If you’re thinking of new places to dive, or even just to start your new diving passion whilst on holiday, the Maltese Islands are one of the options that you really should look at!
We outline some of the reasons to choose diving the Maltese Islands below, but we will be honest as well about the less attractive issues related to diving.
The Diving Environment
- WEATHER: Warm (but not scorching) summers, temperate winters. Surface water temperature varies from 28 degrees Celsius in August to a low of 14 in February/March. January to April tends to be colder and windy, but there’s almost always a place where you can dive.
- VISIBILITY AND CURRENTS: Minimum of 20m on most days of the year at most sites, with some having 30m+ regularly. Tides in the Mediterranean are negligible (ca. 30cm), Currents are not frequent, with only a few diving sites needing attention, but best to dive with local guides/buddies to not be caught unprepared, or read well through Peter Lemon’s guide.
- WRECKS and ARTIFICIAL REEFS:The islands have over 30 wrecks and artificial reefs which are dived on a daily or regular basis, spanning from the depths of 6m to 120m+. The oldest is the Phoenician Shipwreck off Gozo (currently only dived for archaeological studies – but may change soon) at ca. 116m, and he newest is what remains of the artificial reef formed with P33, a former East Germany Patrol Boat which had been then used in Malta, which was scuttled in 2021. Check out Maltadives.com and the Malta Underwater Museum https://underwatermalta.org/ for more information about wrecks. Some historical shipwrecks under the 40m mark need special arrangements to visit through licensed dive centres in collaboration with the Underwater Cultural Heritage Unit.
- SHORE and BOAT DIVING: Most diving is done from shore, with the alternatives being day hard boats (10 – 40m long range) and RHIBs. Entrance/exits from shore diving sites normally includes a ladder or easy shore walking access, but some sites may be more challenging if you’re fit and adventurous. Dive centres normally try to get you within 30m of the shore. Diving boats have experiences skippers and at boat diving sites you’ll rarely have more company than 1 or two diving boats (still make sure you go up on the right boat or you’ll have to wait a bit or swim over).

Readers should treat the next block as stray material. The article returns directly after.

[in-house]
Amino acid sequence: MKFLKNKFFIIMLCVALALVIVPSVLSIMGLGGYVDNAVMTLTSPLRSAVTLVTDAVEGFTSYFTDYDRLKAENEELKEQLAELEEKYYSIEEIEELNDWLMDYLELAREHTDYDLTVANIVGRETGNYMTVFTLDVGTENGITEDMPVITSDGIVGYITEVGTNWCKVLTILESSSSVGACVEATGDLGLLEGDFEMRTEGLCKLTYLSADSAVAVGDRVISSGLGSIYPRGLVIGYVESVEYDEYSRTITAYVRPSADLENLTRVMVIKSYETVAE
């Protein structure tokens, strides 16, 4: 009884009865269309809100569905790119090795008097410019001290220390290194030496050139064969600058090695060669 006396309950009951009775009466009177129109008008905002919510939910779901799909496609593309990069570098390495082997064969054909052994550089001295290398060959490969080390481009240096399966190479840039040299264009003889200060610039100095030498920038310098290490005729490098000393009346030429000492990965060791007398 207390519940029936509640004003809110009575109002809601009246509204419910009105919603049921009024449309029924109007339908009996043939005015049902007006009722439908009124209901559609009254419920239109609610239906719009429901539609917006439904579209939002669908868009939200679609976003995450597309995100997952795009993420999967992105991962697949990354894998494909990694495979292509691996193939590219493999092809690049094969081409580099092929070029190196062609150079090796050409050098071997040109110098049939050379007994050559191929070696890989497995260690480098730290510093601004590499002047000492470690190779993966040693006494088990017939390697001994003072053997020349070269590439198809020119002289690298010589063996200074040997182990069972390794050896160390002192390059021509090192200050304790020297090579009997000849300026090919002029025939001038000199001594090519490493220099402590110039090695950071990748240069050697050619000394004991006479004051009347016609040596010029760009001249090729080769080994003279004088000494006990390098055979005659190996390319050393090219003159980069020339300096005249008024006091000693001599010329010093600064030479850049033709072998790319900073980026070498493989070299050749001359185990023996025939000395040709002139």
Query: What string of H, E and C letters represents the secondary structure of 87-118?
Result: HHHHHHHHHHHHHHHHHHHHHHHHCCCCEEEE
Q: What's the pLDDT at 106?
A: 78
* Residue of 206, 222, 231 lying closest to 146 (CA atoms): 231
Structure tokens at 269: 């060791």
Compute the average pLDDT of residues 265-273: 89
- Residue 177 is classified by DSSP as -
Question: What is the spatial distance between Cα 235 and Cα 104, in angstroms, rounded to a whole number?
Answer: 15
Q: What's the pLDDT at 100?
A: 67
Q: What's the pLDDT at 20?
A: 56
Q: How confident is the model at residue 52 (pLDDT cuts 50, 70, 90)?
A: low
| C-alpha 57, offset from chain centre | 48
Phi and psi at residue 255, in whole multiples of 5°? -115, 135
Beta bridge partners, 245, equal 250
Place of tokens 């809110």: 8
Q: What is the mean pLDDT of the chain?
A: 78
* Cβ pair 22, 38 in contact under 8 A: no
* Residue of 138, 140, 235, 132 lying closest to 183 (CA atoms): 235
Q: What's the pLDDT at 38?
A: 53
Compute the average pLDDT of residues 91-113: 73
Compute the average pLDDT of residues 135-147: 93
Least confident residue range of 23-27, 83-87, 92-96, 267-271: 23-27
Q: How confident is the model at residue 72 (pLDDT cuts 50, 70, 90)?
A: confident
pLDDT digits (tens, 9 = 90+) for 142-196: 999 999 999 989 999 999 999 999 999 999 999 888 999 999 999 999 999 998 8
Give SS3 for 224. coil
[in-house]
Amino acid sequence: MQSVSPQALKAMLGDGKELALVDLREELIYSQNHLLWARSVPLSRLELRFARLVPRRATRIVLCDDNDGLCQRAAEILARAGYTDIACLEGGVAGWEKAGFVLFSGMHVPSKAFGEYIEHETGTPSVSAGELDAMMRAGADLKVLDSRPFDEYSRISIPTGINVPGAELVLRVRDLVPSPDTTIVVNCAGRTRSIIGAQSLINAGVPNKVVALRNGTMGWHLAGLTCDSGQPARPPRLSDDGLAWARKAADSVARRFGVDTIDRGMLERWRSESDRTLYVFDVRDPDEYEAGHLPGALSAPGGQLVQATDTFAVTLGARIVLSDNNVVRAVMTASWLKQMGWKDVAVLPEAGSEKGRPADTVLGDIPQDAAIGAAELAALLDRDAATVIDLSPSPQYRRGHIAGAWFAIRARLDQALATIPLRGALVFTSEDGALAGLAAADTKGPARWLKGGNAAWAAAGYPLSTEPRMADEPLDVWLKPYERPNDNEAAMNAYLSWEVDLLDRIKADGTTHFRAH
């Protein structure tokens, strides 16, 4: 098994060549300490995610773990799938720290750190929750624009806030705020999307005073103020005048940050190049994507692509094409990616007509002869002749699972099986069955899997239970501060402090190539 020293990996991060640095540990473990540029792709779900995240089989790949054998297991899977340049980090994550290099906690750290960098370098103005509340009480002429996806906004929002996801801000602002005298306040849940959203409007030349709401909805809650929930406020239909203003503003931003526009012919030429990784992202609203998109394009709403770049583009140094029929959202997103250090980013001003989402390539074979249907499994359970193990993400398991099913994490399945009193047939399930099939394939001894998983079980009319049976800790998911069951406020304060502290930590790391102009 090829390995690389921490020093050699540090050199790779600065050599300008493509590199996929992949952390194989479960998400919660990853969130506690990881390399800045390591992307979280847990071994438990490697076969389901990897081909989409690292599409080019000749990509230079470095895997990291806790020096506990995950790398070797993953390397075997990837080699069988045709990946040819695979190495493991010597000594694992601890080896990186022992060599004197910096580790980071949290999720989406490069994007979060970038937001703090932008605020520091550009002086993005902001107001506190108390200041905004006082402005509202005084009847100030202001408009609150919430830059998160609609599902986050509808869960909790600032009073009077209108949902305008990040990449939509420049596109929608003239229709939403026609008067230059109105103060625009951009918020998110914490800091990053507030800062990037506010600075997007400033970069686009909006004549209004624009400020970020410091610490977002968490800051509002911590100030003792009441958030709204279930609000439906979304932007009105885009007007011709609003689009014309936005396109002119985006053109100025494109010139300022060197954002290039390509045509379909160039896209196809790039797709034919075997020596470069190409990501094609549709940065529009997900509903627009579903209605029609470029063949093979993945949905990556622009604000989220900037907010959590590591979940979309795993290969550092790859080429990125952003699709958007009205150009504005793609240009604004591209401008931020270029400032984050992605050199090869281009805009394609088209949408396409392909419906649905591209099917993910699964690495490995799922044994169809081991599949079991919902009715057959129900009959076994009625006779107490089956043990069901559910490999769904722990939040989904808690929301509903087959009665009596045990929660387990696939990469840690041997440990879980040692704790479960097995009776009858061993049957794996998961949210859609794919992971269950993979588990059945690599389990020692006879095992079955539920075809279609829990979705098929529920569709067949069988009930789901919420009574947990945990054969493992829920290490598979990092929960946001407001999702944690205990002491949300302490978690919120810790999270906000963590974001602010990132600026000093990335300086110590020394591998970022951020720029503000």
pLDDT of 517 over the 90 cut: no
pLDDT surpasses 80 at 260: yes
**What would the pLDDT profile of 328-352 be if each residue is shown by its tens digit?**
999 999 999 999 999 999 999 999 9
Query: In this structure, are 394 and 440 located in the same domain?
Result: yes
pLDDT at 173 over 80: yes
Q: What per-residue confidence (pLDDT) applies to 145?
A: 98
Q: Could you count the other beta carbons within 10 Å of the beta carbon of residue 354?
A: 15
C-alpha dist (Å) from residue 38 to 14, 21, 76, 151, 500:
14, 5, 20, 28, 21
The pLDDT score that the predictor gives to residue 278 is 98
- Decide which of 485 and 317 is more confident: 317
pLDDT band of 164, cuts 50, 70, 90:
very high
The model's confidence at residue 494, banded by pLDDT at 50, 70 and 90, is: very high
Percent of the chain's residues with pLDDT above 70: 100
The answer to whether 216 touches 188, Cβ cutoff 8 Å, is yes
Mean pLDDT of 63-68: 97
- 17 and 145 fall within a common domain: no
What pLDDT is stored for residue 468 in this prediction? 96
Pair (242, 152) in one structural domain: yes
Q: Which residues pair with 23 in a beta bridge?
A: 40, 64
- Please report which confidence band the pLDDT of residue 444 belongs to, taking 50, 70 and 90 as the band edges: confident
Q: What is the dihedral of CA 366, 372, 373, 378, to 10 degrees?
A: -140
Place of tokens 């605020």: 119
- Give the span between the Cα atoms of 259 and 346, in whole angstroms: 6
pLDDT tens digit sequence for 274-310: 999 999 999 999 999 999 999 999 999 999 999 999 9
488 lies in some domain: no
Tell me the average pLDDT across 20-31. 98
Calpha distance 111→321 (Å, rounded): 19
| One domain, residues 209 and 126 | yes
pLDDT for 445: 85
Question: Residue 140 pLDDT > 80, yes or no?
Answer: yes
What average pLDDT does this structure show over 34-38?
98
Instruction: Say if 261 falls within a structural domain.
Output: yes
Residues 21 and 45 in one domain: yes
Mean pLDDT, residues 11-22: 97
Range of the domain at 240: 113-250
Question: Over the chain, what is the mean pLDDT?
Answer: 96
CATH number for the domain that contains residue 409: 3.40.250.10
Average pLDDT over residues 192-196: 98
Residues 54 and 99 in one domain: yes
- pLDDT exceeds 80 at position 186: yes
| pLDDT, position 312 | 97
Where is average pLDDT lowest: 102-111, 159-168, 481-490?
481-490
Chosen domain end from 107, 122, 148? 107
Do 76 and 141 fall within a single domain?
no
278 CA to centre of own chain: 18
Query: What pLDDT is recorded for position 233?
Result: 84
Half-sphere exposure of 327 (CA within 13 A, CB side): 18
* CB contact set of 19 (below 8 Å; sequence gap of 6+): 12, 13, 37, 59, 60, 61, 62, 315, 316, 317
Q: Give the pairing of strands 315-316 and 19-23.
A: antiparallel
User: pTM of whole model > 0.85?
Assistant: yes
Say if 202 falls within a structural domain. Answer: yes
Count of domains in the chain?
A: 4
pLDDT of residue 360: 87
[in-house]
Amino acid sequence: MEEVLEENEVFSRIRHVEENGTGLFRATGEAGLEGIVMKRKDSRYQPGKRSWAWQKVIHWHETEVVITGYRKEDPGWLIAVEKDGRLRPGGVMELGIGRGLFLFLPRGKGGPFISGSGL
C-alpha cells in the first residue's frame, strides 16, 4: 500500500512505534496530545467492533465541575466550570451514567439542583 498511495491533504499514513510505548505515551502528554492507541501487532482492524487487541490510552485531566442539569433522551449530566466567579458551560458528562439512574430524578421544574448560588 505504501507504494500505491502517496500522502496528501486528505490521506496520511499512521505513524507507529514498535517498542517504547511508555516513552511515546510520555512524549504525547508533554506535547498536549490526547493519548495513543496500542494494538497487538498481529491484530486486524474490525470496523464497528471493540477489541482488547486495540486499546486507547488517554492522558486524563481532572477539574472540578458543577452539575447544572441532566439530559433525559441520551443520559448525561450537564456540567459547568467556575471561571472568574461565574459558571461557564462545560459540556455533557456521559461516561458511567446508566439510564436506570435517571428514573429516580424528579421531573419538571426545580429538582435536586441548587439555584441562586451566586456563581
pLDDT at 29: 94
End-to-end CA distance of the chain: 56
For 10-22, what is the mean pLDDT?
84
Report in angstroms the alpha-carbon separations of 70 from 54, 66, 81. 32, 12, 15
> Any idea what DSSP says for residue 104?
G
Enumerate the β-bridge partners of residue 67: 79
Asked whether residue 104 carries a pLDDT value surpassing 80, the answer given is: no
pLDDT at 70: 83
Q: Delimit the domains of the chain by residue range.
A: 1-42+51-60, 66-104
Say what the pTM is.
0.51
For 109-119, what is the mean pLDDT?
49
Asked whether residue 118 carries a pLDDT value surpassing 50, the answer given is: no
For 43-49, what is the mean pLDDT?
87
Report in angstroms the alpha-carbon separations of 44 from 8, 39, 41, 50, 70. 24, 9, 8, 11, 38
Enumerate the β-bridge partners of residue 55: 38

- UW PHOTOGRAPHY: Clear waters, many pristine reefs and plenty of wrecks means all underwater photographers have plenty to shoot at.
- RESTRICTIONS: Spearfishing is banned whilst using Scuba gear and many diving sites are also no-go zones for Freediving spear-fishermen. Laying of fishing apparel is prohibited close to wrecks, though it needs better enforcement.
- STANDARDS: Most Diving Centres are affiliated with the major international training bodies such as PADI, BSAC, SSI/TDI, etc. Qualifications issued are recognised with high esteem internationally.
The Local Diving Industry
- OPEN 365 DAYS: The medium and large Diving Centres are open all year round with the months between October to June being the least busy, though you’d still be comfortable in a 5mm wetsuit until end December and semi-dry 7mm wetsuits will be enough for most people in the coldest months.
- REGULATED: Licensed Diving Centres are regulated by the Malta Tourism Authority and subject to monitoring and independent quality control assessments of diving air. You’re never more than 20 minutes away from one, but most Diving Centres are in the Sliema / St. Julian’s, area in the northern harbour region and Bugibba/Qawra/Mellieha zone in the North.
- BRANDS: All major brands are represented in Diving Shops and Diving Centres. Many of these have fully certified technicians by the major brands. Spares and Parts are available in stock. Servicing carried out with fast schedules.
- LANGUAGE: English – 99% of locals can communicate well in English, approx. 60% in Italian also and other European Languages are spoken to in Diving Centres, Euros is the main currency. English is the main business language. The Maltese Language is derived from medieval Sicilian Arabic but peppered with Italian, French and English words as well, written in latin characters.